There is something in that pale face and spectral smile that fascinates the terrified girl; she cannot take her eyes off him. His dark eyes are near hers; his lips are still close to her; his arm is touching her dress; he leans his face to her, and talks on, in an icy tone little above a whisper, and an articulation so sharply distinct that it seems to pain her ear.
“The oratorio!” he continued: “the music! The words, here and there are queer — a little sinister — eh? There are better words and wilder music — you shall hear them some day! Saul had his evil spirit, and a bad family have theirs — ay, they have a demon who is always near, and shapes their lives for them; they don’t know it, but, sooner or later justice catches them. Suppose I am the demon of your family — it is very funny, isn’t it? I tried to serve you both, but it wouldn’t do. I’ll set about the other thing now: the evil genius of a bad family; I’m appointed to that. It almost makes me laugh — such cross-purposes! You’re frightened? That’s a pity; you should have thought of that before. It requires some nerve to fight a man like me. I don’t threaten you, mind, but you are frightened. There is such a thing as getting a dangerous fellow bound over to keep the peace. Try that. I should like to have a talk with you before his worship in the police-court, across the table, with a corps of clever newspaper reporters sitting there. What fun in the Times and all the rest next morning.”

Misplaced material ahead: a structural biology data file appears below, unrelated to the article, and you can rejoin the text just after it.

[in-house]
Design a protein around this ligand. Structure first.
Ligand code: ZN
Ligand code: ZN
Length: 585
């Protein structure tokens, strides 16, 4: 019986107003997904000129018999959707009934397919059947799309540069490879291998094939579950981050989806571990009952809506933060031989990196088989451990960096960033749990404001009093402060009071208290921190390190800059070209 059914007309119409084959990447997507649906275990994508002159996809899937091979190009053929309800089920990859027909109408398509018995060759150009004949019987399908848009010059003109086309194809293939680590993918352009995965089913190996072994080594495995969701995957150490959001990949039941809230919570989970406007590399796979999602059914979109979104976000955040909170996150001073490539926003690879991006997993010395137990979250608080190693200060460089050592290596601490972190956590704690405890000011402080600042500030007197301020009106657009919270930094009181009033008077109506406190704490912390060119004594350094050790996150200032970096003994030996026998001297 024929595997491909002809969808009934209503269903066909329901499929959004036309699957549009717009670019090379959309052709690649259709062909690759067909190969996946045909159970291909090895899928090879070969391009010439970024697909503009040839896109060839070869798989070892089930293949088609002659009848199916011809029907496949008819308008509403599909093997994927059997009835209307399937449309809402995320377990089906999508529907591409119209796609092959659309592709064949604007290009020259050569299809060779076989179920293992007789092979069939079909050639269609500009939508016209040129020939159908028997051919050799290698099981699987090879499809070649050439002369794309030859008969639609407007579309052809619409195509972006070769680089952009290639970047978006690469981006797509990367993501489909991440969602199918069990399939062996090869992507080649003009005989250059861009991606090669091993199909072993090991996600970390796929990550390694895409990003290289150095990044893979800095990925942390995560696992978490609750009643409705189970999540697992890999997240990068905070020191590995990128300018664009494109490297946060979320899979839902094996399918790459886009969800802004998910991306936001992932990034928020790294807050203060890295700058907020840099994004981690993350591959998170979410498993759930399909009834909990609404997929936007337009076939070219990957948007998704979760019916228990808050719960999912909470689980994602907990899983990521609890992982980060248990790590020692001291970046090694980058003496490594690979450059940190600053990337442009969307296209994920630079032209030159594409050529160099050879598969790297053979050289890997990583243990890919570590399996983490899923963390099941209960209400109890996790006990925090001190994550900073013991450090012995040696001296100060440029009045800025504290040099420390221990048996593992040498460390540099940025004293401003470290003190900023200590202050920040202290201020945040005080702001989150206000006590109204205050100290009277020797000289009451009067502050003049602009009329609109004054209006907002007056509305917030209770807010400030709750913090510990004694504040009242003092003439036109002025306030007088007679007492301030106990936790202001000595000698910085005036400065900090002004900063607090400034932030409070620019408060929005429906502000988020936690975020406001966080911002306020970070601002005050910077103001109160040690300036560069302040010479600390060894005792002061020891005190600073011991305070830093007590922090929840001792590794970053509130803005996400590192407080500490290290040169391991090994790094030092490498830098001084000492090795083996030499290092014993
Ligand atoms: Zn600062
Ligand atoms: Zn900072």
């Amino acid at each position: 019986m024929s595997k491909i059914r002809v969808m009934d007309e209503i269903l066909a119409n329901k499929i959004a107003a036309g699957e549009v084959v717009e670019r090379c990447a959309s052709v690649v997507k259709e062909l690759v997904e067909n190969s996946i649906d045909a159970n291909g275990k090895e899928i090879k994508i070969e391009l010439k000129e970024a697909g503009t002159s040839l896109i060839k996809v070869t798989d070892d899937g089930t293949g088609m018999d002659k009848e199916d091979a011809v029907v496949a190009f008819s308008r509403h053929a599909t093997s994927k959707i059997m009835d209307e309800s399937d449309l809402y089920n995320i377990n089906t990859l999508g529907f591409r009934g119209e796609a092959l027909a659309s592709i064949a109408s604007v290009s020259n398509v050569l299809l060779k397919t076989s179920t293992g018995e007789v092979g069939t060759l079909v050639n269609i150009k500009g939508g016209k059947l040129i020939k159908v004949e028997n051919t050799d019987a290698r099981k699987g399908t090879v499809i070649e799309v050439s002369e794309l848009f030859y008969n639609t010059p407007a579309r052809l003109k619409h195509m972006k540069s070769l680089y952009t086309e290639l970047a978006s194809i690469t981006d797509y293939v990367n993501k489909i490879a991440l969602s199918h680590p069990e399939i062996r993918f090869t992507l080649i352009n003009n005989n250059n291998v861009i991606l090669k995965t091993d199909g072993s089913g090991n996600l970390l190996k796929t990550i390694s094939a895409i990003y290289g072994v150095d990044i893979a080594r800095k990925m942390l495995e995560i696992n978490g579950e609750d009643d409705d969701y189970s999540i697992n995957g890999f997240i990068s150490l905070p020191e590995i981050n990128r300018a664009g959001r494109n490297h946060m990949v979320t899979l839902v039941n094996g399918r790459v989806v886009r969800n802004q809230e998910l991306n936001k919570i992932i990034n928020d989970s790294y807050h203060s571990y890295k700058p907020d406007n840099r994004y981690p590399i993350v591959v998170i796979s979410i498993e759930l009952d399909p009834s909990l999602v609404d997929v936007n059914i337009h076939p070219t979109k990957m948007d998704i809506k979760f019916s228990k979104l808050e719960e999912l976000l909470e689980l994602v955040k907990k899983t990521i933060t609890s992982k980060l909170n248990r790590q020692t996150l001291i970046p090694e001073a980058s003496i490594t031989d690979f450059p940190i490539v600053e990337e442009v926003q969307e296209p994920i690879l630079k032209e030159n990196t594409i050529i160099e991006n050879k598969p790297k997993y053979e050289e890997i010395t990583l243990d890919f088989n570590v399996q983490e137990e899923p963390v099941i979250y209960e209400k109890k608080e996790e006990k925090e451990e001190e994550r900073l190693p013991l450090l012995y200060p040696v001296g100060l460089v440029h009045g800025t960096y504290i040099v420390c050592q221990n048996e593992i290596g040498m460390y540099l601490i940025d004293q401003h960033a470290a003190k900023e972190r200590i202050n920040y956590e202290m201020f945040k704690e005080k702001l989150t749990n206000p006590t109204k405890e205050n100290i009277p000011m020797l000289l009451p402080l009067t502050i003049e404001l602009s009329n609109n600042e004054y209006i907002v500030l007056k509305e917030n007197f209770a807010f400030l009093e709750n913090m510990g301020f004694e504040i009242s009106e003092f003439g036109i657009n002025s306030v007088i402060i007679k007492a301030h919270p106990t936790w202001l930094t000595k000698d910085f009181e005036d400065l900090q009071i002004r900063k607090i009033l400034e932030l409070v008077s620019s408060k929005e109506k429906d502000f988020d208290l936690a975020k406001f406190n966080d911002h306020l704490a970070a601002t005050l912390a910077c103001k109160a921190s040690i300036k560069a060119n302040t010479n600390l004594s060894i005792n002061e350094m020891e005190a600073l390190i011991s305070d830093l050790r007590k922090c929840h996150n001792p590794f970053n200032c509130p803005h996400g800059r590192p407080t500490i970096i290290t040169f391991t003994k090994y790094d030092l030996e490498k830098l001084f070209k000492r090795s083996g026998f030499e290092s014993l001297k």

It is plain to Miss Arden that Mr. Longcluse is speaking all this time with suppressed fury, and his countenance expresses a sort of smiling hatred that horrifies her.